This One-Armed Guitar Player Reminded Me That People Are Awesome.

I saw something last week that I have never seen before, and will probably never see again.

I was in Park City, Utah, for the holidays. Mom had heard on the radio that Robert Randolph & The Family Band would be playing a free show at the base of Park City. We got off the slopes early and headed to the show.

I’ve seen Robert Randolph play a half-dozen times now, and he does a fun thing during some of his shows. During an extended jam, he’ll pick up a guitar and extend it toward the crowd. He’ll give the crowd a look: Anyone out there play?

A few years ago, in Kansas City, I saw a kid — no more than 15, I think — come up and cover “Purple Haze” with the band. If you’ve never seen a teenager jam with a guy on Rolling Stone’s 100 Greatest Guitarist lists, you really should.

Anyway, Robert picked up a guitar midway through the Park City set. A college-aged kid with a big fro came up first, played a few licks. Robert shook his head and sent him back into the crowd.

A second guy — maybe in his early 30s, still wearing his ski clothes — came up, and Robert let him play for two or three seconds before sending him back, too.

Then a third guy came up. Robert’s guitar tech came over with the guitar, and the guitarist whispered something in his ear. The tech brought over a chair, and the guitarist sat down.

Then he took off his right arm.

his-arm copy

And then with the stump of his right arm, he began to play.

And Robert smiled. Because right away, you could tell: The dude with one arm could really play.

Robert jammed with him on a song. And then another. And then another.

When Robert finally said it was time to go, the crowd went insane. A one-armed guitarist holding his own with a dude considered one of the greatest guitarists ever — even a week later, I keep asking myself, Did I really see that?

I walked up afterward to congratulate the guitarist. His name’s Jeremiah Maxey, and he plays in a few Park City bands, including one called — and I couldn’t believe it when he told me — the Right Hand Band.

So here’s to you, Jeremiah. I’ll see a lot of shows in my life, but I don’t think I’ll ever see something quite like the three songs you played with Robert Randolph. Thanks for having the guts to walk up on stage — and for the reminder that people can be pretty amazing, sometimes.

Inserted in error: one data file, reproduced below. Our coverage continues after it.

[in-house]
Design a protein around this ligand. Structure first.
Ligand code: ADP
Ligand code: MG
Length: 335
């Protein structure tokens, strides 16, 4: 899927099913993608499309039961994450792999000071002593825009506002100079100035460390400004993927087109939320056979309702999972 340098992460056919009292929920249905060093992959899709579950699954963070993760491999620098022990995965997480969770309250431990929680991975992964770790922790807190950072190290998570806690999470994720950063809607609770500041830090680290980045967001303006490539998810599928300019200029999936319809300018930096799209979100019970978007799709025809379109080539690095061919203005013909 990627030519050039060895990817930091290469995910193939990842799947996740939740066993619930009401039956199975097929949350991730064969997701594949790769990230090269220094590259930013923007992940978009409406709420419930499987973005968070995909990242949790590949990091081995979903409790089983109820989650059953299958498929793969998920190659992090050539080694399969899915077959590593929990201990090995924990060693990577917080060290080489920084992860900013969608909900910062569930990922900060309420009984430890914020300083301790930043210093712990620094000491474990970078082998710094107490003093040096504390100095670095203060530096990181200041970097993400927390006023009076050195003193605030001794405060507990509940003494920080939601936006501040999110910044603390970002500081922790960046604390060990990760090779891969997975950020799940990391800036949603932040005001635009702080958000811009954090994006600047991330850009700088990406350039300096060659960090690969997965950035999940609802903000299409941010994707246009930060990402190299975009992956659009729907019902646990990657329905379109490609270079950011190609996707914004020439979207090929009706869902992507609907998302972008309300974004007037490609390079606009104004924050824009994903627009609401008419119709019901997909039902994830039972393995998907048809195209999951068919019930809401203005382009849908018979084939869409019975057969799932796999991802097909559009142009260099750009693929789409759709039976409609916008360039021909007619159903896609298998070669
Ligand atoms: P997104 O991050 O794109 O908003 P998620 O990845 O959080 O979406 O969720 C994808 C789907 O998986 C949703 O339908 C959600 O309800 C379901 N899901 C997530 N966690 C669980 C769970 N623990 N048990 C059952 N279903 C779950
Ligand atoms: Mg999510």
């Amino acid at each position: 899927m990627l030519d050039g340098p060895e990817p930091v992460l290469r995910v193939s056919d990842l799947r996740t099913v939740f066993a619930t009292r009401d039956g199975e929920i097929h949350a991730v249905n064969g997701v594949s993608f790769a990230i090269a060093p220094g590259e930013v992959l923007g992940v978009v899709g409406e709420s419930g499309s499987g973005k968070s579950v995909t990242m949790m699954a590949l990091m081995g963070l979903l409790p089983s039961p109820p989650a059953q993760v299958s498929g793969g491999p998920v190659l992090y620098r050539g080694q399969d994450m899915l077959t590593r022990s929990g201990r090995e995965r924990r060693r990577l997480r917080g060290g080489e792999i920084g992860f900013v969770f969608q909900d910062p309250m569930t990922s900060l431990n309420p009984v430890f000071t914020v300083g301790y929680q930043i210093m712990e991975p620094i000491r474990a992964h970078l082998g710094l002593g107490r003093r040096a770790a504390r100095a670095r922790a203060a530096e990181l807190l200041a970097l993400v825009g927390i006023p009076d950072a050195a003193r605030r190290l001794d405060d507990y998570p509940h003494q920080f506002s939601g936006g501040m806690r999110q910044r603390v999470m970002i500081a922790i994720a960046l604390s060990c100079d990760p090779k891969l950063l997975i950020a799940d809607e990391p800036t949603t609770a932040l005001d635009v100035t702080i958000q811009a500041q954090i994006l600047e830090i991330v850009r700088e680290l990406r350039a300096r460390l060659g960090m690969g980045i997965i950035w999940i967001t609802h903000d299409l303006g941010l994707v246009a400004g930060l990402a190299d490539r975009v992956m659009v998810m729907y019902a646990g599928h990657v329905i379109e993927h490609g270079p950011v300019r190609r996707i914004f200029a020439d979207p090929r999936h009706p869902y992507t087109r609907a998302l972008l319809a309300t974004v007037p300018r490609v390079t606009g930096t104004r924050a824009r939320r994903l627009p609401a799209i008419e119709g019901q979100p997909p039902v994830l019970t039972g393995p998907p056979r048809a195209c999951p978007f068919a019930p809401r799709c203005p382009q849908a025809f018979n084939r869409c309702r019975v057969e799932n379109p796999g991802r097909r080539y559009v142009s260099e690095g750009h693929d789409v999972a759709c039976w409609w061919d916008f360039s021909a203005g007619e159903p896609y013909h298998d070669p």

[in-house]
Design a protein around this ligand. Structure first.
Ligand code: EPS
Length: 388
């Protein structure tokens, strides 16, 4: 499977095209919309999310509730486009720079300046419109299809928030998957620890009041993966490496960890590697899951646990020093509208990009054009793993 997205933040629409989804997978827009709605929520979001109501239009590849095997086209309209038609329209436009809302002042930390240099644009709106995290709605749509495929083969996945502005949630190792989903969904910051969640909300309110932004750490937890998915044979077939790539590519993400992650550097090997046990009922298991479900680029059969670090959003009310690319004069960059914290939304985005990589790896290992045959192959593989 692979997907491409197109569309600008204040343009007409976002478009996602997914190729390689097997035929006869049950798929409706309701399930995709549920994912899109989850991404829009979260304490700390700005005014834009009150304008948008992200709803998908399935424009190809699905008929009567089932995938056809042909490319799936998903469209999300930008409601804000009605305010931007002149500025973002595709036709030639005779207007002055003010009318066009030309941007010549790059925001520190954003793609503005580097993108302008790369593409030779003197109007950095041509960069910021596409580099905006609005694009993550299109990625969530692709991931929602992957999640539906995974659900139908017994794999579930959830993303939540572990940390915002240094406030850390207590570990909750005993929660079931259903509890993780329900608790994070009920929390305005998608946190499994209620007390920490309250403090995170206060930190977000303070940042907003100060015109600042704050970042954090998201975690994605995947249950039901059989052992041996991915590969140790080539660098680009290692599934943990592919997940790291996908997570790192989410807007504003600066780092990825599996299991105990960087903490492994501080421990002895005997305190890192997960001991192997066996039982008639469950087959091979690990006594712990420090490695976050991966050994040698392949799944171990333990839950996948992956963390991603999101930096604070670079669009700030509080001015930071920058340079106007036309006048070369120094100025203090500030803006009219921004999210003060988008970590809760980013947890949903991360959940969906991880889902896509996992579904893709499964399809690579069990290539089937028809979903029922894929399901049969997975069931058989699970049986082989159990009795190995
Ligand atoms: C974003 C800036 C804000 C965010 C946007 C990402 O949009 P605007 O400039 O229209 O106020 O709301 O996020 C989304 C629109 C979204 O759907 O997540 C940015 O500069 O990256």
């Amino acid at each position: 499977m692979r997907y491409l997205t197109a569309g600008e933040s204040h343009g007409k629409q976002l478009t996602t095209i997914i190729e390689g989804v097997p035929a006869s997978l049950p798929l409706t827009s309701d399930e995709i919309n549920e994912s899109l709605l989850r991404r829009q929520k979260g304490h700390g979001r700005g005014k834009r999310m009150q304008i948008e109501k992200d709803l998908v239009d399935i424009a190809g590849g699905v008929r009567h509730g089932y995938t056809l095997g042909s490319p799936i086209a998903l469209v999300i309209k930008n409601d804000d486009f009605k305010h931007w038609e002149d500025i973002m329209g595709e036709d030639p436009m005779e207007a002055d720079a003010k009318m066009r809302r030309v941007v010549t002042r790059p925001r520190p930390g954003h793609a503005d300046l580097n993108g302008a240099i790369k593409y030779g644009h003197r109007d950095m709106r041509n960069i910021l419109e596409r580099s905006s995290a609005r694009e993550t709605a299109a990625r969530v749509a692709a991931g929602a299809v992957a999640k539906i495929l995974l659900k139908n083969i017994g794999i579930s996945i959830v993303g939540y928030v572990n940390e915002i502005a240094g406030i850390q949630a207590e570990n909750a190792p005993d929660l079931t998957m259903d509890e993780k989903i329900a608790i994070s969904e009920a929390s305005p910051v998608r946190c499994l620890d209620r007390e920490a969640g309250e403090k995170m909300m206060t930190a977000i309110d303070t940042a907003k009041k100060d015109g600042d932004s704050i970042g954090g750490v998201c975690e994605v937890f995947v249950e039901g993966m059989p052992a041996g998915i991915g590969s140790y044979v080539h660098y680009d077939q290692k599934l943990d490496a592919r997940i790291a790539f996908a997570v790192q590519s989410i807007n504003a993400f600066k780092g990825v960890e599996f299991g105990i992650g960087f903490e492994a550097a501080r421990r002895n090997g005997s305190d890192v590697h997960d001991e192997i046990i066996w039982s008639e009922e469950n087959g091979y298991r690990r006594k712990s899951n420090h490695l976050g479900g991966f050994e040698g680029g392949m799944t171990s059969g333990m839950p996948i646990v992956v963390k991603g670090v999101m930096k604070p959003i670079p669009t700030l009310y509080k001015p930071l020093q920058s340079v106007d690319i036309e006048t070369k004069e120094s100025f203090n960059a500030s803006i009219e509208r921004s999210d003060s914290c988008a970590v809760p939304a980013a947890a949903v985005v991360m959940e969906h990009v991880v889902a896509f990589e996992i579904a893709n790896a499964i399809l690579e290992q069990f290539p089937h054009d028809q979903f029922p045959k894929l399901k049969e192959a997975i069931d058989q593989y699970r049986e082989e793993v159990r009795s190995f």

Hurry Up And Wait.

I heard the voice of my mother today while waiting in line at JFK to get through security. I’d hurried through work, and then hurried my way over to the train, and then hurried through check-in, and then… I waited. I waited for 20 minutes at airport security, because that’s how it works.

My mother has a saying for that: It’s the hurry up and wait.

When we were kids, she’d always point out how strange it was to watch people rush to be first in line for something. We’d be on a ferry, and people would rush to their cars. We’d wait on the top deck, holding onto the view as long as we could. What are those people rushing for? she’d always point out. It’s not like they can drive off until the boat docks anyway.

As I get to work with bigger teams on more ambitious projects, I find that the hurry up and wait rule applies there, too. Sometimes, you push and push on a project, only to find that the rest of your team isn’t ready to take the next step. Or that a key piece of technology or code isn’t ready. In the end, you’ve rushed through your work for nothing.

It’s certainly great when you can get your work done efficiently. But the people around you matter — especially the pace at which they do their work. If you’re not all moving together, you’re just hurrying up to wait.

And what good is that?

That photo of airport security comes via Flickr’s Karl Baron.

How One Little Device Changed A Lot About The Way I Work.

pocket-phone

I’ll admit that I didn’t always understand the smartphone. I had a flip phone, and it did pretty much everything I wanted a phone to do. I was happy with it.

And in the first few months of owning a smartphone, I didn’t really change my opinion. It helped me keep track of my calendar, and it helped me find a building or two, but it wasn’t essential.

But then I moved to New York, and I started spending a lot of time on the train. Suddenly, I had these 10- and 15-minute chunks of time to kill.

That’s when it clicked.

I had downloaded this app called Pocket, which lets me save stories to read later — or offline. And it really changed things for me.